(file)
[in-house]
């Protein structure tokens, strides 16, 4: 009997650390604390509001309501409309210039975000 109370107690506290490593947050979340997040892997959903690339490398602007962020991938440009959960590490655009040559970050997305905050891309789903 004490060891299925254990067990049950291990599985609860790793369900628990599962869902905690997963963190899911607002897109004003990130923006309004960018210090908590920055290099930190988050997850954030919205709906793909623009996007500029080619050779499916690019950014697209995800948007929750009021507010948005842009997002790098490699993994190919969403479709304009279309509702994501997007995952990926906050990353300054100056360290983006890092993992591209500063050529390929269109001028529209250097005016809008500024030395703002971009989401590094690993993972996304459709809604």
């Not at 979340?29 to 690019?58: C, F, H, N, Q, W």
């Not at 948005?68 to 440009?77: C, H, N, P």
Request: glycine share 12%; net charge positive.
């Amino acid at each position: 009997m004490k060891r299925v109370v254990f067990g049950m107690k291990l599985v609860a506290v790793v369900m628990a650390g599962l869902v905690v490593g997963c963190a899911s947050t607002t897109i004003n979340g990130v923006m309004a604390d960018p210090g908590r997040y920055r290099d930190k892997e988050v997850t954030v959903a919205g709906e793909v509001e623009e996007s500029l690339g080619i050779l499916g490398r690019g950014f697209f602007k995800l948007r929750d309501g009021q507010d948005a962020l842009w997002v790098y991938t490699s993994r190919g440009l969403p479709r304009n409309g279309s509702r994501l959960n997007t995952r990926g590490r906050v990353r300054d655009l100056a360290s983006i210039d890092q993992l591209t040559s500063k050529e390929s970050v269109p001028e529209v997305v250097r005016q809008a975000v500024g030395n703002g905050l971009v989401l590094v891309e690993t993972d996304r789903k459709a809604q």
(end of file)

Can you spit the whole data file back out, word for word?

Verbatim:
[in-house]
């Protein structure tokens, strides 16, 4: 009997650390604390509001309501409309210039975000 109370107690506290490593947050979340997040892997959903690339490398602007962020991938440009959960590490655009040559970050997305905050891309789903 004490060891299925254990067990049950291990599985609860790793369900628990599962869902905690997963963190899911607002897109004003990130923006309004960018210090908590920055290099930190988050997850954030919205709906793909623009996007500029080619050779499916690019950014697209995800948007929750009021507010948005842009997002790098490699993994190919969403479709304009279309509702994501997007995952990926906050990353300054100056360290983006890092993992591209500063050529390929269109001028529209250097005016809008500024030395703002971009989401590094690993993972996304459709809604």
């Not at 979340?29 to 690019?58: C, F, H, N, Q, W």
């Not at 948005?68 to 440009?77: C, H, N, P």
Request: glycine share 12%; net charge positive.
């Amino acid at each position: 009997m004490k060891r299925v109370v254990f067990g049950m107690k291990l599985v609860a506290v790793v369900m628990a650390g599962l869902v905690v490593g997963c963190a899911s947050t607002t897109i004003n979340g990130v923006m309004a604390d960018p210090g908590r997040y920055r290099d930190k892997e988050v997850t954030v959903a919205g709906e793909v509001e623009e996007s500029l690339g080619i050779l499916g490398r690019g950014f697209f602007k995800l948007r929750d309501g009021q507010d948005a962020l842009w997002v790098y991938t490699s993994r190919g440009l969403p479709r304009n409309g279309s509702r994501l959960n997007t995952r990926g590490r906050v990353r300054d655009l100056a360290s983006i210039d890092q993992l591209t040559s500063k050529e390929s970050v269109p001028e529209v997305v250097r005016q809008a975000v500024g030395n703002g905050l971009v989401l590094v891309e690993t993972d996304r789903k459709a809604q």